Ford Motor Company is teaming up with Jose Cuervo® to explore the use of the tequila producer’s agave plant byproduct to develop more sustainable bioplastics to employ in Ford vehicles.
Ford and Jose Cuervo are testing the bioplastic for use in vehicle interior and exterior components such as wiring harnesses, HVAC units and storage bins. Initial assessments suggest the material holds great promise due to its durability and aesthetic qualities. Success in developing a sustainable composite could reduce vehicle weight and lower energy consumption, while paring the use of petrochemicals and the impact of vehicle production on the environment.
Mitsubishi Chemical Corporation, Japanese chemical giant based in Tokyo, announced the development of a new grade of high-performance, high-transparency bio-based engineering plastic called DURABIOTM, using plant-derived isosorbide as its raw material. The new material features excellent optical properties and high resistance to heat and humidity.
Bio-on, an Italian company founded in 2007 to create 100% natural products based on renewable resources or agricultural processing waste materials, and Magna International Inc., a leading global automotive supplier, have signed a cooperation agreement to start exclusive R&D activities on the use of bioplastics for the automotive industry.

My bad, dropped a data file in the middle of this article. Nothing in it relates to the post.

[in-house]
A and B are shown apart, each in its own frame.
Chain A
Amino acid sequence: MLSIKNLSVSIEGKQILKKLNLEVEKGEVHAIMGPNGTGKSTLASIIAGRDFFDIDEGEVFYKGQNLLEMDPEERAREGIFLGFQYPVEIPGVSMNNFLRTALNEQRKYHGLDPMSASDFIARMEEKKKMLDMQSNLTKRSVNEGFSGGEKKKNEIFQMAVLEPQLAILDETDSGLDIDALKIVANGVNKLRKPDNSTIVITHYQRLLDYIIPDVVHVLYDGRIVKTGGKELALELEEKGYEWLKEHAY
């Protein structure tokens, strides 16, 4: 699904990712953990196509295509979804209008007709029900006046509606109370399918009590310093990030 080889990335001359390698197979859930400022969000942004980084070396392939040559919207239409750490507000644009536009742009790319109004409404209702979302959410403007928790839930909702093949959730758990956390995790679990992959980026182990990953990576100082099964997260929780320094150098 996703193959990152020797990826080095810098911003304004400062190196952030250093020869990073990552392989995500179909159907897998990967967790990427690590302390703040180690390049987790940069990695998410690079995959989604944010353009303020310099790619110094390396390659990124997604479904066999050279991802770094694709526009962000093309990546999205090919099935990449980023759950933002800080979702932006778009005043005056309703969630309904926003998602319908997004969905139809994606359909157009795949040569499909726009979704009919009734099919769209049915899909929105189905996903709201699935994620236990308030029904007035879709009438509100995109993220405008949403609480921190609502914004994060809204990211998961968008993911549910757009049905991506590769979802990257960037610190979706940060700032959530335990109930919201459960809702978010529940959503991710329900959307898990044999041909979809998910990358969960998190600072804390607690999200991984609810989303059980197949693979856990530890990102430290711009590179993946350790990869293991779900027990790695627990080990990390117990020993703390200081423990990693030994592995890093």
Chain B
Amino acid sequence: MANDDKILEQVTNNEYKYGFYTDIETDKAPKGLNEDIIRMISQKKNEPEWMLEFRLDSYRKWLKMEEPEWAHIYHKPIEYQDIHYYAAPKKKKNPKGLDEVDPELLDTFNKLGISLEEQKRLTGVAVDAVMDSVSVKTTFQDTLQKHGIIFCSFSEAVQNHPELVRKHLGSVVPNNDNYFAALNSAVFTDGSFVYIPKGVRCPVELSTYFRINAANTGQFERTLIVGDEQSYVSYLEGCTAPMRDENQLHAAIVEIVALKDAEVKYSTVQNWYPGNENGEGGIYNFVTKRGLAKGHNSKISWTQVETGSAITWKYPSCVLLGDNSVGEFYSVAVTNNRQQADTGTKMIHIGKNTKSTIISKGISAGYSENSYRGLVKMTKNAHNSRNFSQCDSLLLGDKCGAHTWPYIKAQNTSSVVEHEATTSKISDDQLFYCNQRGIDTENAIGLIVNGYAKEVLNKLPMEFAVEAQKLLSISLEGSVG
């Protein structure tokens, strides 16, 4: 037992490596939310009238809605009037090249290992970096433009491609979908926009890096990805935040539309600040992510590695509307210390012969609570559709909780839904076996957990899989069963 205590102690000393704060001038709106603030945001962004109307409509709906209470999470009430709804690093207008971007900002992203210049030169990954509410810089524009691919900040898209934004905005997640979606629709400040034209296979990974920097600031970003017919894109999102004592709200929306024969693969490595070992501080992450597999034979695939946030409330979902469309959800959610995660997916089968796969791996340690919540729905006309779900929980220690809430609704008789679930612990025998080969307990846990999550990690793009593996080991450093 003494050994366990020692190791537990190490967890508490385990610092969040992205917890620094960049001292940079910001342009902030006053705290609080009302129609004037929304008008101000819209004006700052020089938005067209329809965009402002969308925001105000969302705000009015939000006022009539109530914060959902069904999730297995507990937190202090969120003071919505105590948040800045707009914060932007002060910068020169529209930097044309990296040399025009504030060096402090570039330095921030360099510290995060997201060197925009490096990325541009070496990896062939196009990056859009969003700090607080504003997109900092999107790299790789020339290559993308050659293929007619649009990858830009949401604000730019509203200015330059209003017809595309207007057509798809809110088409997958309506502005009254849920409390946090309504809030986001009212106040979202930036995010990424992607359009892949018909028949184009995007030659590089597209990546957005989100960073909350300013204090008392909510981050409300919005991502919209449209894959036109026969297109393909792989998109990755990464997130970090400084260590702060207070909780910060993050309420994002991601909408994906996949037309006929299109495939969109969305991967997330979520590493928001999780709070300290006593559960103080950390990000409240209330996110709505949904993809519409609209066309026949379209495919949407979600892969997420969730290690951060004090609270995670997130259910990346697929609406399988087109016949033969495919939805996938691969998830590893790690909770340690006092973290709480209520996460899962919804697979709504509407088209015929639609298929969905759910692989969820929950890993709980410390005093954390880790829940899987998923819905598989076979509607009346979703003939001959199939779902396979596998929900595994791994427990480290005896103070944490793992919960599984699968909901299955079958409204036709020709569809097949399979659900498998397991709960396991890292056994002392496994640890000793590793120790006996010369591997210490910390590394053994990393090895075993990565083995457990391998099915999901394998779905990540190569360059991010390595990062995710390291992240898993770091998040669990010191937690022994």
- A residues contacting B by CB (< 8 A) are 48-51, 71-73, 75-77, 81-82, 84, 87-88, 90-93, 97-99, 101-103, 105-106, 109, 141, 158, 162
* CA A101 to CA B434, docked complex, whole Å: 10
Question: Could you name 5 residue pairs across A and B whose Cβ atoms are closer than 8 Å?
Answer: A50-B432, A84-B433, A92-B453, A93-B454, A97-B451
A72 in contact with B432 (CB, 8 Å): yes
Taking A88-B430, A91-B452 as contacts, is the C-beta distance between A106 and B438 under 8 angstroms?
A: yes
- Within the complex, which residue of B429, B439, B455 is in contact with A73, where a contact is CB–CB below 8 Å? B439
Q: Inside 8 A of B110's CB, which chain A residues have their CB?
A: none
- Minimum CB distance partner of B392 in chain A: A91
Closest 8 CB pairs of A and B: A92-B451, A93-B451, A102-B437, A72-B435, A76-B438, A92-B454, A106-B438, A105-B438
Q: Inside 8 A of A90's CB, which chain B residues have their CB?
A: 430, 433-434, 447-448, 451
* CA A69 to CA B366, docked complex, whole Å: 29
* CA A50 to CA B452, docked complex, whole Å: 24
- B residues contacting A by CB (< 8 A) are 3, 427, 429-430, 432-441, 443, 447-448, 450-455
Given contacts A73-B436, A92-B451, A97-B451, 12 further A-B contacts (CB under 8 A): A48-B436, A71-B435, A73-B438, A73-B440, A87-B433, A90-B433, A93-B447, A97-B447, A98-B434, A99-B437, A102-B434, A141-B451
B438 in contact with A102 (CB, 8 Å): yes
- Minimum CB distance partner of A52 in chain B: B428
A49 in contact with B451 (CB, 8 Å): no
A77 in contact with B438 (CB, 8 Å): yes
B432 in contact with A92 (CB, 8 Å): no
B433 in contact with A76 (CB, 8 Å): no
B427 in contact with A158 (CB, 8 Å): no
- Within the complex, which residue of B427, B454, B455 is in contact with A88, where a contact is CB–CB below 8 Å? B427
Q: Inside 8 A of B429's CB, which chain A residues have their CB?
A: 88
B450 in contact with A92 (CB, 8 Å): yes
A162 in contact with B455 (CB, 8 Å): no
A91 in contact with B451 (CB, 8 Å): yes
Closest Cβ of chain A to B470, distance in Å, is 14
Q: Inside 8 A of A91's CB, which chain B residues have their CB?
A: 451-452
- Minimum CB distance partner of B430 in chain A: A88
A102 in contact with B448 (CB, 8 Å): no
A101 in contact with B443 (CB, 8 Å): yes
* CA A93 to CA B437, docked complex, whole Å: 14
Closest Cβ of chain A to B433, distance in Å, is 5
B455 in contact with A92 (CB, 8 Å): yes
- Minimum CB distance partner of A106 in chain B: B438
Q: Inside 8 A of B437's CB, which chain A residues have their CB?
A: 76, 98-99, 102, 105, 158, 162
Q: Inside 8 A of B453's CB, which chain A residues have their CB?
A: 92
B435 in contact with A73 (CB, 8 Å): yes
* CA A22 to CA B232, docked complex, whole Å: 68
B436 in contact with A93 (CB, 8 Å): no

Bio-on has developed a new kind of bioplastic created through the use of naturally occurring bacteria which feed off sugar beet by-products. In the process of fermentation, the material is turned into plastic (polyhydroxyalkanoate or PHA). The result is fully biodegradable in water and soil, an environmentally friendly product that does not rely on food as a natural resource and could provide alternatives to conventional plastics for the automotive industry.
The US Center for Automotive Research (CAR) announced Thursday that it will be the lead agency in a $1.47 million grant under the federal “Make It In America Challenge” to boost the use of bio-based materials in cars. Partners in the effort include the Michigan Manufacturing Technology Center, the Macomb-St. Clair Workforce Development Board and the National Center for Manufacturing Sciences.
“Our project, ‘Building Capacity and Capability in the Bio-Based Materials Manufacturing Sector,’ will build and expand on this distinctive combination of assets to support job creation and attraction of domestic and foreign direct investment in the agricultural manufacturing sector, as well as greater development of a supply chain for bio-material products to support the U.S. automotive industry,” said Kim Hill, director of the Sustainability and Economic Development Strategies group and project lead at CAR.